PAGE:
In all other cases involving an organisation, if the prosecution is unable to prove that a duty holder failed to take an identified reasonably practicable step, any prosecution for workplace manslaughter would not succeed. In practice, this means that although the new standard of negligence will be introduced, a duty holder that complies with its existing duties under the OHS Act should not be captured by the workplace manslaughter offences. Continuing to comply with existing duties will constitute compliance with the new offences.
  • The proposed offences introduce the concept of “causation” to Victorian WHS regulation. However, the Explanatory Memorandum states that “the mere fact that an organisation's or officer's conduct contributed causally to the death, or was a necessary cause of it, is not sufficient. It must have contributed significantly to the death or have been a substantial and operating cause”. 
  • Organisations may be found directly or indirectly liable. The Explanatory Memorandum explains that: 
    • Direct liability arises where an organisation’s “unwritten rules, policies, work practices or conduct implicitly authorised non-compliance, or failed to create a culture of compliance, with its duties” under the OHS Act and a death resulted from the negligent conduct.
    • Indirect liability arises where the act(s) or omission(s) of individuals within an organisation amount to negligent conduct of the organisation, regardless of whether a death occurred due to one person's negligence or the aggregate negligence of multiple people, and regardless of whether a person of sufficient authority within the organisation is at fault. 
  • However, the Explanatory Memorandum confirms that it is not intended for employers to be found guilty of workplace manslaughter solely because a "rogue" employee, agent or officer acted contrary to steps taken or things provided or directed by the company (a principle recently reinforced in Victoria by the Court of Appeal in DPP v JCS Fabrications Pty Ltd & Anor [2019] VSCA 50).
  • The offence will apply to all types of workplace risks that cause death, including mental health risks and long-term occupational diseases. For example, an employee who takes their own life as a result of a duty holder’s negligence. Or where a duty holder’s negligence causes a person to develop a chronic illness, such as mesothelioma, that later causes their death.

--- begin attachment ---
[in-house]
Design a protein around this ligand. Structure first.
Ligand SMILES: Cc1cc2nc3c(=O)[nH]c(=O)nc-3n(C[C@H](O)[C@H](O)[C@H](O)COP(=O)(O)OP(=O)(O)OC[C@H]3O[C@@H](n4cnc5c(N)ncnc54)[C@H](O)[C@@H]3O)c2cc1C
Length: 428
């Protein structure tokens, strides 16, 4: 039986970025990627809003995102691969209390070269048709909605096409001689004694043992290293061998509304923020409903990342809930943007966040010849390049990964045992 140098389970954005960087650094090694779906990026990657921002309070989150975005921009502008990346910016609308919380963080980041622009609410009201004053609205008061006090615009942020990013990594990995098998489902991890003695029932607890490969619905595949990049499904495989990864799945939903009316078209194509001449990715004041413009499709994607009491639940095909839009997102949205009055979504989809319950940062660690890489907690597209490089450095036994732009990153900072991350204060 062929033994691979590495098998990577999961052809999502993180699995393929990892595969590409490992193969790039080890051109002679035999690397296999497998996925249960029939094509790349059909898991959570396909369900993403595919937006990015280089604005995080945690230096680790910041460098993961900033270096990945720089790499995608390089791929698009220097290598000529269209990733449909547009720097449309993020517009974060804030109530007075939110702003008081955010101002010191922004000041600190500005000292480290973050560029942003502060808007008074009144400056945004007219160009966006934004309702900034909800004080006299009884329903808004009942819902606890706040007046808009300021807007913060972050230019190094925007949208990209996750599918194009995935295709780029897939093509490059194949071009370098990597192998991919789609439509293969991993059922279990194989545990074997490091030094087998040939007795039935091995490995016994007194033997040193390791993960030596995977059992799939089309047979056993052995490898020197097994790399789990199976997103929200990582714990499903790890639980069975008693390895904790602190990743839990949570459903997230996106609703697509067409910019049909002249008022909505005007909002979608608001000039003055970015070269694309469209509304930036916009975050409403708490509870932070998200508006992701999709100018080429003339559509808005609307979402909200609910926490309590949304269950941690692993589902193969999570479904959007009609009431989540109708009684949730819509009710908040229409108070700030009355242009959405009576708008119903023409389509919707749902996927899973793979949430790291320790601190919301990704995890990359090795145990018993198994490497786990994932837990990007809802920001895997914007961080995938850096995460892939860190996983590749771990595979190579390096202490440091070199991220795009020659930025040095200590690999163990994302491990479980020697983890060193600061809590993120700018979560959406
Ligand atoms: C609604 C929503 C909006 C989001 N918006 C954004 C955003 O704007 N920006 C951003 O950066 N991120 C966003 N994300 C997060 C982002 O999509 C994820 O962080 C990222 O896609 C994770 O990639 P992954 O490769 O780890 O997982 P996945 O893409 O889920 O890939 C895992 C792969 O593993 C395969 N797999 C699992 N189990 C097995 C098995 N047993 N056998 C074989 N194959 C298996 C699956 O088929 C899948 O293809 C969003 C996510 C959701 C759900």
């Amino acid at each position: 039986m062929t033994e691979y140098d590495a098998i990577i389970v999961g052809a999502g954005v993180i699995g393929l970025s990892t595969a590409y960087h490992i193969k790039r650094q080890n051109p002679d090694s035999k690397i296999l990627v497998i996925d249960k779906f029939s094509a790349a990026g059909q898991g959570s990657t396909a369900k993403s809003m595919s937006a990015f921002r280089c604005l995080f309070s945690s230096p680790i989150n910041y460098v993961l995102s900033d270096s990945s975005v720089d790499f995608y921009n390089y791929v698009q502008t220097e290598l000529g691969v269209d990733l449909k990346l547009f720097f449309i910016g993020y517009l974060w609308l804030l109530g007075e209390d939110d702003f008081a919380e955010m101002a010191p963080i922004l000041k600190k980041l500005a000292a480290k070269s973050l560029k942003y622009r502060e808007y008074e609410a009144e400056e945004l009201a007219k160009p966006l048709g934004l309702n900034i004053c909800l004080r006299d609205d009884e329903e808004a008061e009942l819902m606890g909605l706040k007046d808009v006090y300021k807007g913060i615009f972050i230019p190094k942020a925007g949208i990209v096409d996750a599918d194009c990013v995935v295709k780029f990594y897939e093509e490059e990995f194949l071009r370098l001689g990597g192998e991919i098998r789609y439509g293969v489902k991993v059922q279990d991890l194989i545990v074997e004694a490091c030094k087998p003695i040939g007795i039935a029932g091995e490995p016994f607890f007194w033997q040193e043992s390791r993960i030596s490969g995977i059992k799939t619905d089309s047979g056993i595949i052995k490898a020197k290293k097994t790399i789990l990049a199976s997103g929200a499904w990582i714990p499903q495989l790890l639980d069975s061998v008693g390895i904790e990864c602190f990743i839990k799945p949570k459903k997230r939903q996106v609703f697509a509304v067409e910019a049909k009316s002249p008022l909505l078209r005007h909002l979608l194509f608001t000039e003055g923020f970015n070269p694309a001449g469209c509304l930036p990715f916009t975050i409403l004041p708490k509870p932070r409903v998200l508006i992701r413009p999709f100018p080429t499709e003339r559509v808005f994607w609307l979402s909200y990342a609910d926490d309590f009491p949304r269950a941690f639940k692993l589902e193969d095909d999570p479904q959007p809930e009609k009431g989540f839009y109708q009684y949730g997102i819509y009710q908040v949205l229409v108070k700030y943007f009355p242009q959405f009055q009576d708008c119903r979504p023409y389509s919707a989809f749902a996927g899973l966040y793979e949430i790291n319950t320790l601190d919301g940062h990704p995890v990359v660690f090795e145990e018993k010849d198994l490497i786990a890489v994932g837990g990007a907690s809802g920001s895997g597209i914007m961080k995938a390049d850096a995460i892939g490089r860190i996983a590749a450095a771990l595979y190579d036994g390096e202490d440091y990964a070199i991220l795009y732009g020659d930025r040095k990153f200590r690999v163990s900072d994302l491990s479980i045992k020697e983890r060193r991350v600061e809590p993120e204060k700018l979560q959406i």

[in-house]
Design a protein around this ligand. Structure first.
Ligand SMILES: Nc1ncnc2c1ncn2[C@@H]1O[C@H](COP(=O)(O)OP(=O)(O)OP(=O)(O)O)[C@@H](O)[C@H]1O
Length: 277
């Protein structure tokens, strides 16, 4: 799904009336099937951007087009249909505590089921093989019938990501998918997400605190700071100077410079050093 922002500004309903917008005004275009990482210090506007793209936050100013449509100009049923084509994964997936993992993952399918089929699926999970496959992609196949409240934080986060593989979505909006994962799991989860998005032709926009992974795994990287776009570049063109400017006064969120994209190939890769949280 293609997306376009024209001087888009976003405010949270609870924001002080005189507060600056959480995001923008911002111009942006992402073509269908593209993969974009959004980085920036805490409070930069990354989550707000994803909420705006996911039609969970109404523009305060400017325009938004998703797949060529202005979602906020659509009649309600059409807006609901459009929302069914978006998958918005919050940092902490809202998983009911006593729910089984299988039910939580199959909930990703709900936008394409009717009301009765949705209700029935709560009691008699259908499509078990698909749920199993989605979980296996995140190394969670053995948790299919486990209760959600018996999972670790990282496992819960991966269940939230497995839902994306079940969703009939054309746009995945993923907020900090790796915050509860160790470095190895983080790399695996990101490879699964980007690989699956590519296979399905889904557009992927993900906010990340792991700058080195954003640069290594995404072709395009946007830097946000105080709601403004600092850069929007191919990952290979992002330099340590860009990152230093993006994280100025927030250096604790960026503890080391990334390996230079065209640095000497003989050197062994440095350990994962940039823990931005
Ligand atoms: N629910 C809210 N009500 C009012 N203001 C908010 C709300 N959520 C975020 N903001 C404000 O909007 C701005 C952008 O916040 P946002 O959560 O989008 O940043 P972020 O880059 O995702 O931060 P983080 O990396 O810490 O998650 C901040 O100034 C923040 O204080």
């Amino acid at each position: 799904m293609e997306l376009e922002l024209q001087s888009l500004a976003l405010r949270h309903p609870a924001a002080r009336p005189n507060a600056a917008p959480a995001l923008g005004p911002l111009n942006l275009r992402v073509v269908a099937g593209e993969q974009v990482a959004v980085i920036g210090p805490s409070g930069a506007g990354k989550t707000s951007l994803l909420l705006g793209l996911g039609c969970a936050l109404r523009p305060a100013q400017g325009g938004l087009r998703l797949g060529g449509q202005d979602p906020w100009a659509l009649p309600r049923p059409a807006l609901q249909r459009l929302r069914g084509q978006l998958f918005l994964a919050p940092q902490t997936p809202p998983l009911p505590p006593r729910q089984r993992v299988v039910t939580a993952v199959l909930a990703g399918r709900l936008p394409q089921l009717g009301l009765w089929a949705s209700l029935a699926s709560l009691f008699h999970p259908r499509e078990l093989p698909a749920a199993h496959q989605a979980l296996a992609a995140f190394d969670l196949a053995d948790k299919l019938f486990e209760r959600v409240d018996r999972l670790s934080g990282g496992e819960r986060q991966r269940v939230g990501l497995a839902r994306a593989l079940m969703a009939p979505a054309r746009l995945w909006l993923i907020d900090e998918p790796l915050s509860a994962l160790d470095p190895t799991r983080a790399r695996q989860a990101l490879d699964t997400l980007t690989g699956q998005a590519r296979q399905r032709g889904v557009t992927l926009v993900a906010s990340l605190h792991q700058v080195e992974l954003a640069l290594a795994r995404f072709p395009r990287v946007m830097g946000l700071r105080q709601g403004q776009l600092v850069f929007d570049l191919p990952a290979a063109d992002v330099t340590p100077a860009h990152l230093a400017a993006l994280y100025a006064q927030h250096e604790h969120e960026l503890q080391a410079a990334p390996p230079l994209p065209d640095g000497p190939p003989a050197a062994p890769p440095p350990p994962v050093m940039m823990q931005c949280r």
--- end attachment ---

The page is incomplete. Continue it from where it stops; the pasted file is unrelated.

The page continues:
• The offences also seek to protect a broader range of persons than existing industrial manslaughter offences in other jurisdictions, with members of the public included. The Government’s public statements about the proposal in the lead up to the 2018 election seemed to suggest this inclusion was in response to the 2013 wall collapse on Swanston Street in inner city Melbourne that killed three members of the public. 
  • The penalties are significantly higher than anything seen before for WHS offences in Australia. If found guilty of workplace manslaughter, individuals face up to 20 years’ imprisonment while body corporates face fines of up to $16.522 million (indexed each year). 
  • The Director of Public Prosecutions will prosecute the proposed offences, likely in the County Court before Judge and jury. 
  • There will be no limitation period for prosecuting the proposed offences, in line with existing common law manslaughter offences and to allow sufficient time for complex and time-consuming investigations to be completed.

The Bill is currently awaiting its Third Reading in the Legislative Assembly before being debated in the Legislative Council. We will keep you updated on its progress through Parliament.